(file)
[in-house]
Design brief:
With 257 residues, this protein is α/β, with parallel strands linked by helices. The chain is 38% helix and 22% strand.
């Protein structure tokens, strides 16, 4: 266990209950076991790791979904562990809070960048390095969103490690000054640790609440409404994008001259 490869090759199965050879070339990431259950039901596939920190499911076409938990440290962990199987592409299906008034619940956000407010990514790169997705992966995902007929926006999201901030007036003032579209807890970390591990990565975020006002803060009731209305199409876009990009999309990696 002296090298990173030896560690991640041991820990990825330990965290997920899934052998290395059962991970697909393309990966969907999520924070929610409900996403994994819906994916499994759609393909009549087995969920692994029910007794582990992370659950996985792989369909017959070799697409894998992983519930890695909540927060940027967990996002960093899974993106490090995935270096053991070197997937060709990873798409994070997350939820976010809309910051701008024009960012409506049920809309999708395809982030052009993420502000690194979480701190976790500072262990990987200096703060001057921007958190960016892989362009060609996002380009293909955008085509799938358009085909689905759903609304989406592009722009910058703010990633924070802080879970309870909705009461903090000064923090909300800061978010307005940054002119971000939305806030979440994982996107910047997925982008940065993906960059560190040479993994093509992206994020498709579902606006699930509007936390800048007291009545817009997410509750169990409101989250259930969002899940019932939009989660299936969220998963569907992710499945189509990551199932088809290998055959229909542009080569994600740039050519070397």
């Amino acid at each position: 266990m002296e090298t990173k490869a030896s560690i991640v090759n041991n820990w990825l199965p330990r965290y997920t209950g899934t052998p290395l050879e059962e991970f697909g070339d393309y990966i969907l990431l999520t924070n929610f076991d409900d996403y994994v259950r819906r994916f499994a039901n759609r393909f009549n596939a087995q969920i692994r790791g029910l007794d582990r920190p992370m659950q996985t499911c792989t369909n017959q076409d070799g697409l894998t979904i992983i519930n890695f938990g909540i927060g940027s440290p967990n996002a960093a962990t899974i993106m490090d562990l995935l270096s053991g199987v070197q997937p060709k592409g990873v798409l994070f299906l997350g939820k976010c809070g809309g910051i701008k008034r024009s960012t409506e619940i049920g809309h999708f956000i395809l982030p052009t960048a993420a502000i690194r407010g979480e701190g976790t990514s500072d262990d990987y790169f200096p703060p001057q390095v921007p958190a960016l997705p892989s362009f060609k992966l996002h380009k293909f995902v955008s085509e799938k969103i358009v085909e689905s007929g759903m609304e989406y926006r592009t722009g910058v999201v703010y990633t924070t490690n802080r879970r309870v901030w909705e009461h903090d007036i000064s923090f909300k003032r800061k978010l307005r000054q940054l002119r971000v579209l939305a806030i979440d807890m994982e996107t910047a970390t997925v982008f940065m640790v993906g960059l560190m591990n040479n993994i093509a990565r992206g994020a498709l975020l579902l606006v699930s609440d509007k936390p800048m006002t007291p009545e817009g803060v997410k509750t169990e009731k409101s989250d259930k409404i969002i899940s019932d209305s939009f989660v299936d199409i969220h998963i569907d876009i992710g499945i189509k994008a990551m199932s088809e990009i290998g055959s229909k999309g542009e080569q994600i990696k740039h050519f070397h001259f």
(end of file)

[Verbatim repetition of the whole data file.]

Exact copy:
[in-house]
Design brief:
With 257 residues, this protein is α/β, with parallel strands linked by helices. The chain is 38% helix and 22% strand.
């Protein structure tokens, strides 16, 4: 266990209950076991790791979904562990809070960048390095969103490690000054640790609440409404994008001259 490869090759199965050879070339990431259950039901596939920190499911076409938990440290962990199987592409299906008034619940956000407010990514790169997705992966995902007929926006999201901030007036003032579209807890970390591990990565975020006002803060009731209305199409876009990009999309990696 002296090298990173030896560690991640041991820990990825330990965290997920899934052998290395059962991970697909393309990966969907999520924070929610409900996403994994819906994916499994759609393909009549087995969920692994029910007794582990992370659950996985792989369909017959070799697409894998992983519930890695909540927060940027967990996002960093899974993106490090995935270096053991070197997937060709990873798409994070997350939820976010809309910051701008024009960012409506049920809309999708395809982030052009993420502000690194979480701190976790500072262990990987200096703060001057921007958190960016892989362009060609996002380009293909955008085509799938358009085909689905759903609304989406592009722009910058703010990633924070802080879970309870909705009461903090000064923090909300800061978010307005940054002119971000939305806030979440994982996107910047997925982008940065993906960059560190040479993994093509992206994020498709579902606006699930509007936390800048007291009545817009997410509750169990409101989250259930969002899940019932939009989660299936969220998963569907992710499945189509990551199932088809290998055959229909542009080569994600740039050519070397």
């Amino acid at each position: 266990m002296e090298t990173k490869a030896s560690i991640v090759n041991n820990w990825l199965p330990r965290y997920t209950g899934t052998p290395l050879e059962e991970f697909g070339d393309y990966i969907l990431l999520t924070n929610f076991d409900d996403y994994v259950r819906r994916f499994a039901n759609r393909f009549n596939a087995q969920i692994r790791g029910l007794d582990r920190p992370m659950q996985t499911c792989t369909n017959q076409d070799g697409l894998t979904i992983i519930n890695f938990g909540i927060g940027s440290p967990n996002a960093a962990t899974i993106m490090d562990l995935l270096s053991g199987v070197q997937p060709k592409g990873v798409l994070f299906l997350g939820k976010c809070g809309g910051i701008k008034r024009s960012t409506e619940i049920g809309h999708f956000i395809l982030p052009t960048a993420a502000i690194r407010g979480e701190g976790t990514s500072d262990d990987y790169f200096p703060p001057q390095v921007p958190a960016l997705p892989s362009f060609k992966l996002h380009k293909f995902v955008s085509e799938k969103i358009v085909e689905s007929g759903m609304e989406y926006r592009t722009g910058v999201v703010y990633t924070t490690n802080r879970r309870v901030w909705e009461h903090d007036i000064s923090f909300k003032r800061k978010l307005r000054q940054l002119r971000v579209l939305a806030i979440d807890m994982e996107t910047a970390t997925v982008f940065m640790v993906g960059l560190m591990n040479n993994i093509a990565r992206g994020a498709l975020l579902l606006v699930s609440d509007k936390p800048m006002t007291p009545e817009g803060v997410k509750t169990e009731k409101s989250d259930k409404i969002i899940s019932d209305s939009f989660v299936d199409i969220h998963i569907d876009i992710g499945i189509k994008a990551m199932s088809e990009i290998g055959s229909k999309g542009e080569q994600i990696k740039h050519f070397h001259f």